Beyond magical thinking
If, heaven forbid, print profits were anywhere near being on a trajectory to nil, investors would bail out of publishing companies well before the distant theoretical point that new media operations reached sufficient critical mass to replace the revenues and profits of print.
Investors would be wise to flee, too, because online sales and profits – even though they are growing at robust double-digit rates – are not going to be anywhere near capable over the next 10 years of delivering a sufficient return to merit the substantial investment in big iron required to produce and deliver a print product.
If print sales and profits dried up to the point that newspapers truly were only breaking even, their managements would have to abandon the print product or risk being cashiered by their investors. So, break-even is not an option for print.
And the magical thinking that conjures such improbable scenarios is no substitute for objective analysis, realistic strategies and concrete action.
I’ll go through the math supporting my conclusions in a moment, but first some background:
My friend Peter Zollman raised the idea of break-even newspapering in his column in the March edition of Newspapers and Technology Magazine. Quoting an unidentified industry executive (without necessarily subscribing personally to the following dubious proposition), Peter said:
My friend’s theory is that the fixed costs of publishing the daily paper will remain, well, fixed – running the presses, buying newsprint and ink, operating delivery trucks and paying carriers, employing photographers and reporters and editors and so forth. Over time…those costs will essentially match the revenue of the daily print edition – so it will neither make nor lose money. The publisher…will remain profitable by generating healthy margins on all the related products it offers.The chief problem with this economic fantasy is that print still delivers some 90% of the revenues at most newspapers. Even though online (and niche print products) may generate higher operating margins than the industry range of 20% to 30%, the profits coming from this relatively small volume of sales will not produce the absolute dollars necessary to make up for the absence of, or even a material decline in, print profitability.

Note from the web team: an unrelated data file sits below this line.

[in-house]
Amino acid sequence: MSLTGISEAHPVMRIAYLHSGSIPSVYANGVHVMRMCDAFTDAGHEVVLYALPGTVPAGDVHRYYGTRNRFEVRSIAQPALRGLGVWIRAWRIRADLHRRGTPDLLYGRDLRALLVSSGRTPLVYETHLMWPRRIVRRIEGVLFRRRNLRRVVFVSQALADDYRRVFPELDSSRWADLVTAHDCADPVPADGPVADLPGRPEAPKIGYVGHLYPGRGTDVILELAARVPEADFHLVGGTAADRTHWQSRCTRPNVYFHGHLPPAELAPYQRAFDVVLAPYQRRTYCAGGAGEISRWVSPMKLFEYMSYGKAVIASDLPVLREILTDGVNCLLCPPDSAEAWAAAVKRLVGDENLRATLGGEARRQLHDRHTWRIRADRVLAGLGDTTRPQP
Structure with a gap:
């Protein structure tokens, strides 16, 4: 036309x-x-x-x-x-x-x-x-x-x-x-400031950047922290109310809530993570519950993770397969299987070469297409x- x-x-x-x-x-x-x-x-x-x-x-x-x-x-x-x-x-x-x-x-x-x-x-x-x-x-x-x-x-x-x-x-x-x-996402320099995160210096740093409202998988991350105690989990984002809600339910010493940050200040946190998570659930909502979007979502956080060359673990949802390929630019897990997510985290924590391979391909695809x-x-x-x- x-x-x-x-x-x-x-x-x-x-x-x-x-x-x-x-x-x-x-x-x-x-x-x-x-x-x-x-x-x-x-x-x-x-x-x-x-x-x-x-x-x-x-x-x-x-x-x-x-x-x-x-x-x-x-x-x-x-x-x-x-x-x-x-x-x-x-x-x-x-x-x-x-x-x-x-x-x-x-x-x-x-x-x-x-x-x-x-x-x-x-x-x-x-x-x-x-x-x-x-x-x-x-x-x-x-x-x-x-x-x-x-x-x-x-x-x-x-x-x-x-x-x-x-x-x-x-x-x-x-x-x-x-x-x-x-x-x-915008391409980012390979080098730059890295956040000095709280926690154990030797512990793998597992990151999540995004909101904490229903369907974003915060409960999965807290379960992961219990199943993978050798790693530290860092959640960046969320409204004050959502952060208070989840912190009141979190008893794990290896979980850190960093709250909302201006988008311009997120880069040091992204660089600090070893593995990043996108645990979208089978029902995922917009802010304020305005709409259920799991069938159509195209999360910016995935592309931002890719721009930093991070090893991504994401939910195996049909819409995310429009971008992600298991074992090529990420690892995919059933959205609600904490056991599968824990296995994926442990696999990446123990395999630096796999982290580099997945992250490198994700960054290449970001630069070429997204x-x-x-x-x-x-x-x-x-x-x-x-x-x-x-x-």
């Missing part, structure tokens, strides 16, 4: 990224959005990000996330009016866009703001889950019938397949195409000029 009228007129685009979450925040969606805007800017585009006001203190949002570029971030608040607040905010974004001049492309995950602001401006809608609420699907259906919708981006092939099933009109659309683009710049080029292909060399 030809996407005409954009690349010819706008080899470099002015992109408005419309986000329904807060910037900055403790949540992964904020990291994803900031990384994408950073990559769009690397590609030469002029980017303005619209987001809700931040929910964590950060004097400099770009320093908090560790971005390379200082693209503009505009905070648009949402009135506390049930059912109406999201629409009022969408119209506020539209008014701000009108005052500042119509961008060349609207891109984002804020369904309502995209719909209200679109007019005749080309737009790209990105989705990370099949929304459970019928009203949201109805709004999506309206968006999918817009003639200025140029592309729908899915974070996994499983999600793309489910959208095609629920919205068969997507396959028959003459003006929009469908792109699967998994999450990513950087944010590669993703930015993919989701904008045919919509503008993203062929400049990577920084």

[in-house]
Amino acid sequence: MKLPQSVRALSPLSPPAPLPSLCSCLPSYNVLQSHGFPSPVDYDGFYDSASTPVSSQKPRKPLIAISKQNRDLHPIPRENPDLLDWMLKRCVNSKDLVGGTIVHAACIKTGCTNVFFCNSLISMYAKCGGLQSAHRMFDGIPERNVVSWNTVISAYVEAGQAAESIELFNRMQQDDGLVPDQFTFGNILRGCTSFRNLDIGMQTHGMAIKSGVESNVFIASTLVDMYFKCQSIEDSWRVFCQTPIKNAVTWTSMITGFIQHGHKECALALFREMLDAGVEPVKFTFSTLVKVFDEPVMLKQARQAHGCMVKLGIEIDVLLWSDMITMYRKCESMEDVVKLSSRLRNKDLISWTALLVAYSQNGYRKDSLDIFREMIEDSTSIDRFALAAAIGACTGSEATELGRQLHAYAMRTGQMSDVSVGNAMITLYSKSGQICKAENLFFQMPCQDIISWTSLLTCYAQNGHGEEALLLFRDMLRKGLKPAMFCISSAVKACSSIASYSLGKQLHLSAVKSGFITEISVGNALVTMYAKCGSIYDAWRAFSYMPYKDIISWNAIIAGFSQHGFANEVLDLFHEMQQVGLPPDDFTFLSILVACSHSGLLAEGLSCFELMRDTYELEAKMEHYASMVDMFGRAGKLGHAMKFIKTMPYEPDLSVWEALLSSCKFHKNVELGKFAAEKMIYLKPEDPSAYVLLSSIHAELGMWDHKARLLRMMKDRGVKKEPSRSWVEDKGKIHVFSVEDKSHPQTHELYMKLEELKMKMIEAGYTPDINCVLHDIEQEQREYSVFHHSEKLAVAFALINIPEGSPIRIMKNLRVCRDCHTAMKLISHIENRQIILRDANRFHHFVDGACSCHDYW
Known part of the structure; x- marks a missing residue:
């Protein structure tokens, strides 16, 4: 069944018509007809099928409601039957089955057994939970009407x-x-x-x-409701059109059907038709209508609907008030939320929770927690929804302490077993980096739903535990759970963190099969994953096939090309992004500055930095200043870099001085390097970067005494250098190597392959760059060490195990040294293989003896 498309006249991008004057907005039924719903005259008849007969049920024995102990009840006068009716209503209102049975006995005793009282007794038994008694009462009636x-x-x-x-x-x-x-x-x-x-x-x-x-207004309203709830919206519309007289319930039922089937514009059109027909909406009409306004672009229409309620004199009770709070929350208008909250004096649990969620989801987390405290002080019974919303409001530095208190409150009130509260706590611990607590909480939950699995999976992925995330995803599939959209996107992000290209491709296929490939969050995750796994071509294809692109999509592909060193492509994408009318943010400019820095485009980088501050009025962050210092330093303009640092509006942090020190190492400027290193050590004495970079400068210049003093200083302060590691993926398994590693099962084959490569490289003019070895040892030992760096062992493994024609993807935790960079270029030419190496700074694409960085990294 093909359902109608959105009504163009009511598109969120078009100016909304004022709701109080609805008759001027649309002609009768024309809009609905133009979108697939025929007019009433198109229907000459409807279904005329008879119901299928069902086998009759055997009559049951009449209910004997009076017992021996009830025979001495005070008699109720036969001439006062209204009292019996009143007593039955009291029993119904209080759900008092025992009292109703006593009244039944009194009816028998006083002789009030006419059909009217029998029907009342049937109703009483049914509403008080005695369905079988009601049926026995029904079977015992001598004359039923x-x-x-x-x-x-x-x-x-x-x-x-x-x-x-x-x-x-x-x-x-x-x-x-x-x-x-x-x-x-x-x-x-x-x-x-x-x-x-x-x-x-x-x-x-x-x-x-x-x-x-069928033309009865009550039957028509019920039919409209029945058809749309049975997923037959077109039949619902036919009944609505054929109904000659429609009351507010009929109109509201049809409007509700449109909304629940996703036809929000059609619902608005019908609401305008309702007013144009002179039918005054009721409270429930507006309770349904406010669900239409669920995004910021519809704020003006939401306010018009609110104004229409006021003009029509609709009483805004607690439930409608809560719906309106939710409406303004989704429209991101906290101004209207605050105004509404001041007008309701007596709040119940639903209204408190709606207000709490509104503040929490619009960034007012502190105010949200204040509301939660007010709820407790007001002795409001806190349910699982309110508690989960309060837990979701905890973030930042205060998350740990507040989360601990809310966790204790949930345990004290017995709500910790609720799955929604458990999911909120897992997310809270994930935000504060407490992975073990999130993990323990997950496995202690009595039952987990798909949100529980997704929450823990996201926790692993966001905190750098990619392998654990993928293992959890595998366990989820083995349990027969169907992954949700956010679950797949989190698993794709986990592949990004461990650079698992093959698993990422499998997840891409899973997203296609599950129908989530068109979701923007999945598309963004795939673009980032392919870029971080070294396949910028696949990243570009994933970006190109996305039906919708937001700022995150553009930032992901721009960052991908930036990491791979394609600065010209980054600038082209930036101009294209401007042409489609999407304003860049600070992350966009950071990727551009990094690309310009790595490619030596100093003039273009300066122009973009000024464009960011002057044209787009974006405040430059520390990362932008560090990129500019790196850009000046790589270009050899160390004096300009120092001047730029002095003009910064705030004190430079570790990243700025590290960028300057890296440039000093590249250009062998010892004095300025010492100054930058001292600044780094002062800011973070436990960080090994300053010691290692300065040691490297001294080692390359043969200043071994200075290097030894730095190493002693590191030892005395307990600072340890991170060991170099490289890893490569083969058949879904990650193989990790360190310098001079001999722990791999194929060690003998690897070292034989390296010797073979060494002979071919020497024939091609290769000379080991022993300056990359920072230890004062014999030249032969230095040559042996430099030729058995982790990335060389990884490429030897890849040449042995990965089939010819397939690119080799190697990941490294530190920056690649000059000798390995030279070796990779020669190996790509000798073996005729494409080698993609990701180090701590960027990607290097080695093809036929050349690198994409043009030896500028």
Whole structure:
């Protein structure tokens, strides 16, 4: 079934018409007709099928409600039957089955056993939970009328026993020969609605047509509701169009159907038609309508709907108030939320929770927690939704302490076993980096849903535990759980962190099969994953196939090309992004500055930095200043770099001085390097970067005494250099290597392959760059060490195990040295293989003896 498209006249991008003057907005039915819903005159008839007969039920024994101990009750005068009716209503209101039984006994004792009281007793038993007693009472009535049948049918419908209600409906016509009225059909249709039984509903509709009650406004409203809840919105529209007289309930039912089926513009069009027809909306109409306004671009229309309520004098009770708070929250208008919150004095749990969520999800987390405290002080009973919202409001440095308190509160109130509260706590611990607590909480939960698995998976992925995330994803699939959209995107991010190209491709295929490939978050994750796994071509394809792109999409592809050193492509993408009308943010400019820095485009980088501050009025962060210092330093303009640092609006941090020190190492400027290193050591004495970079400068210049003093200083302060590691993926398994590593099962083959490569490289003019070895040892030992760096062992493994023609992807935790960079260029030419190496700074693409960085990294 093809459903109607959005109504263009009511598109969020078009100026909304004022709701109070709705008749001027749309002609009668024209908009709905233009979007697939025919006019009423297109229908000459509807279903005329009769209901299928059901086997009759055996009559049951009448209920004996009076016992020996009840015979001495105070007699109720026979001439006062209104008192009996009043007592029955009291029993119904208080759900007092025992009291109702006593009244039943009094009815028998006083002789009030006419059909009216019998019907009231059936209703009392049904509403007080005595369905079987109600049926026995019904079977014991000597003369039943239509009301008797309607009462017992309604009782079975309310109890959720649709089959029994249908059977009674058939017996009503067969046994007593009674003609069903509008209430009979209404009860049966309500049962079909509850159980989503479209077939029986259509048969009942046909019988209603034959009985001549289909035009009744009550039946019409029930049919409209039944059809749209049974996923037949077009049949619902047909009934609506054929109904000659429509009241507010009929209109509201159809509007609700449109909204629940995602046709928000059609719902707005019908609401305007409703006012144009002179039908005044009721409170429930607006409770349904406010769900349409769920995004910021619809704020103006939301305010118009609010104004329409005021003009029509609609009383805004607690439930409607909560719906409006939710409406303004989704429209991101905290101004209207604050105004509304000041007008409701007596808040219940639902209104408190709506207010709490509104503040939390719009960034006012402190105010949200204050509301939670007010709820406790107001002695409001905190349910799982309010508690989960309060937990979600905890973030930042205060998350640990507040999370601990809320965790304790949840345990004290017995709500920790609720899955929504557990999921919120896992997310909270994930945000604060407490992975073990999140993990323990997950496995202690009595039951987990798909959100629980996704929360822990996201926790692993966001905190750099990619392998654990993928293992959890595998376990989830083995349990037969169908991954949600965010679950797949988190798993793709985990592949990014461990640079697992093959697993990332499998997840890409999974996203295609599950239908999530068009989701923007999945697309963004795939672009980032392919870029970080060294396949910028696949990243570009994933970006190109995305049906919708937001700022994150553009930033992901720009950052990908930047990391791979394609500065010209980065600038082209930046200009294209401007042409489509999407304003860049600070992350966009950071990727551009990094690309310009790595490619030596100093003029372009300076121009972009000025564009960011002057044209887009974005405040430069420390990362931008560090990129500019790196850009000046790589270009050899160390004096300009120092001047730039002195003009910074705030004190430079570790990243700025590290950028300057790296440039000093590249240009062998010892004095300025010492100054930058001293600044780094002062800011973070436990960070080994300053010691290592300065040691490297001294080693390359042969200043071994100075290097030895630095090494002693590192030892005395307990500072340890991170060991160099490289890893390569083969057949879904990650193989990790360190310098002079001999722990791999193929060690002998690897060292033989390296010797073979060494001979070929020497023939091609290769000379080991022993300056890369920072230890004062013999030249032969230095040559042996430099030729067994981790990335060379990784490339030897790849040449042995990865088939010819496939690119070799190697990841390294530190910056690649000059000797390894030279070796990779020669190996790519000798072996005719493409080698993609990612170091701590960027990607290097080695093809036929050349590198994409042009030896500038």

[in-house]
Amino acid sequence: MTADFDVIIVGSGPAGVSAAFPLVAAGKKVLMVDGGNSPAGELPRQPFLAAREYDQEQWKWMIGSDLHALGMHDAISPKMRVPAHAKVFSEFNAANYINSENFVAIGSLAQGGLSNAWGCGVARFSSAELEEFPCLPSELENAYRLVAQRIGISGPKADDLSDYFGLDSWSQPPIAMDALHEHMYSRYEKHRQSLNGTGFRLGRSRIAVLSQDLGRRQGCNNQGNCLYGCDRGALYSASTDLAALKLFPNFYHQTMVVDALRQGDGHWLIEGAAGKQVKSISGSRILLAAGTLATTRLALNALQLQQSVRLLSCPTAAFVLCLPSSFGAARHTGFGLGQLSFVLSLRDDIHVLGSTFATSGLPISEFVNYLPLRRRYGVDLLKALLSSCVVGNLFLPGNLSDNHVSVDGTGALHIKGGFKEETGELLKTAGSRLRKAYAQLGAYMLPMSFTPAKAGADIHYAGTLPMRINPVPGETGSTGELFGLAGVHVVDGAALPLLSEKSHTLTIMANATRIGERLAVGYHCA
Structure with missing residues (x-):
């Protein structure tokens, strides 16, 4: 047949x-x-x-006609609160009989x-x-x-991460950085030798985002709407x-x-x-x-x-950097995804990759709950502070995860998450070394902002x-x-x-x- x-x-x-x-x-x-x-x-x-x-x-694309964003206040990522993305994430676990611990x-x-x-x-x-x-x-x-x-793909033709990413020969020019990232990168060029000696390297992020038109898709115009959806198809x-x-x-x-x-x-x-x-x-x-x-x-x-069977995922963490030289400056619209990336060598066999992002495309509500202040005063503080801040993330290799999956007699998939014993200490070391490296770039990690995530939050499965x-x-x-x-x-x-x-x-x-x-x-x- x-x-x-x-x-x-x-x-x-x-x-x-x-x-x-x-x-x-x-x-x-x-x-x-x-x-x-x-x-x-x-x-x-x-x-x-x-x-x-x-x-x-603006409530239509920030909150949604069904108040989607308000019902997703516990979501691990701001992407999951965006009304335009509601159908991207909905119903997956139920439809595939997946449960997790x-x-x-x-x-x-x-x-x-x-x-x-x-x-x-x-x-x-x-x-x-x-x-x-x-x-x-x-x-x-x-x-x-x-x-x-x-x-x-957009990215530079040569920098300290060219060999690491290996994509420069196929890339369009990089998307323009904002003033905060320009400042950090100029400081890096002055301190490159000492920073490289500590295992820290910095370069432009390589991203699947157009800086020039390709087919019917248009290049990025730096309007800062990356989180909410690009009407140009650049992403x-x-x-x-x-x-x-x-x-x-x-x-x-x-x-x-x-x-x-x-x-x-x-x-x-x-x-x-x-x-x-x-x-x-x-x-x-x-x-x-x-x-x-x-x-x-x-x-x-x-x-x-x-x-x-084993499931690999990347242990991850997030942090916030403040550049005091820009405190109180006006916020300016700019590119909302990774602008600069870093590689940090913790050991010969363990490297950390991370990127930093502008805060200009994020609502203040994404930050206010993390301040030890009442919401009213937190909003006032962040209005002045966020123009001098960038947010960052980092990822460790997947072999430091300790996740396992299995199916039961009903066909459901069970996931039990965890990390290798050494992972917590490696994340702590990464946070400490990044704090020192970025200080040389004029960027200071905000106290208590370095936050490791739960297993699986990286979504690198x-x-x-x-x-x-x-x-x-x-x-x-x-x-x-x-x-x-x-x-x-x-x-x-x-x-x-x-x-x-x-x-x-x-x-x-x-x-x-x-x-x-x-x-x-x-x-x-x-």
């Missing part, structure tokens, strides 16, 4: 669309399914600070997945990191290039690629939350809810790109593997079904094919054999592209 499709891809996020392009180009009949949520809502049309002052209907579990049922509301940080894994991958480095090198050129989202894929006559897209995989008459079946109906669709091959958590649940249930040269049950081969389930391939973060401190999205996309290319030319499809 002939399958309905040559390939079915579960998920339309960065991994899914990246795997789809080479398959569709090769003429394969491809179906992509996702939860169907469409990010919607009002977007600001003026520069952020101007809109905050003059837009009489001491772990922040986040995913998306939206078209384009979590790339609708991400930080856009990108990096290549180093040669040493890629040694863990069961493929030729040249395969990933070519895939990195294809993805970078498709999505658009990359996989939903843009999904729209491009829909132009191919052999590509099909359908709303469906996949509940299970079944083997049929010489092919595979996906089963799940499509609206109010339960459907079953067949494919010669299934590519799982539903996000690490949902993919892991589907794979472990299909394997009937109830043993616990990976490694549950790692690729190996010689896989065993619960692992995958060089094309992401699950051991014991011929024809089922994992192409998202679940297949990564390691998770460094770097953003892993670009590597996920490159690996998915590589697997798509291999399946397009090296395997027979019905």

Advisory: If you as math-averse as I am, you can TiVo through the technical stuff in the next three paragraphs and skip to “Conclusion.” If you proceed, please do not do so while operating heavy machinery.
The first of the two graphs below shows what would happen to the sales and profits of a hypothetical newspaper company whose print operations moved from a generous (but not unheard of) operating margin of nearly 29% today to negligible profits at the end of 10 years. In the same period, online operations would increase at hefty double-digit rates over the decade to deliver 50% of the company’s total sales and 100% of its operating profits.
Assuming a linear drop in print sales and profits each year on the way to break even, profits for the entire company would slip from $1.2 billion in Year 1 and continue falling annually until stabilizing at less than half that amount in Year 4 and thereafter. Once online sales grew to the point that they were delivering nearly a third of the revenues in Year 7, profitability would begin to improve slightly. But the consolidated earnings of $800 million in Year 10 still would be only two-thirds of where they started in Year 1.
Even though sales exceed the $4 billion level in the out-years, the company’s profitability of 17% in Year 10 is 41% lower than where it started in Year 1. That’s because the newspaper isn’t making any money.
So, what does it all mean? Glad you asked.
Like many big manufacturing businesses, newspapers require a huge investment in plant, fleet and other equipment to produce their print products. When investors put money into a company to help buy such assets, they require them to produce sufficiently high profits to merit the continued use of their money.
If the assets fail to produce adequately, the investors first pressure the management to improve the profitability of operations, then agitate for new management and, if still unsatisfied, demand the sale or liquidation of the business. Sound familiar?
If profits were to deteriorate as badly as discussed in the three above paragraphs you skipped, the return on assets (illustrated in the second graph below) would drop from 7.2% in Year 1 to an unacceptably low 2.8% by Year 6. No investor would sit still for that sort of deterioration.
Before that happened, investors either would demand a sharp improvement in print profitability or demand that the presses be stopped permanently. In other words, newspapers will go out of business before anyone ever lets them operate on a break-even basis.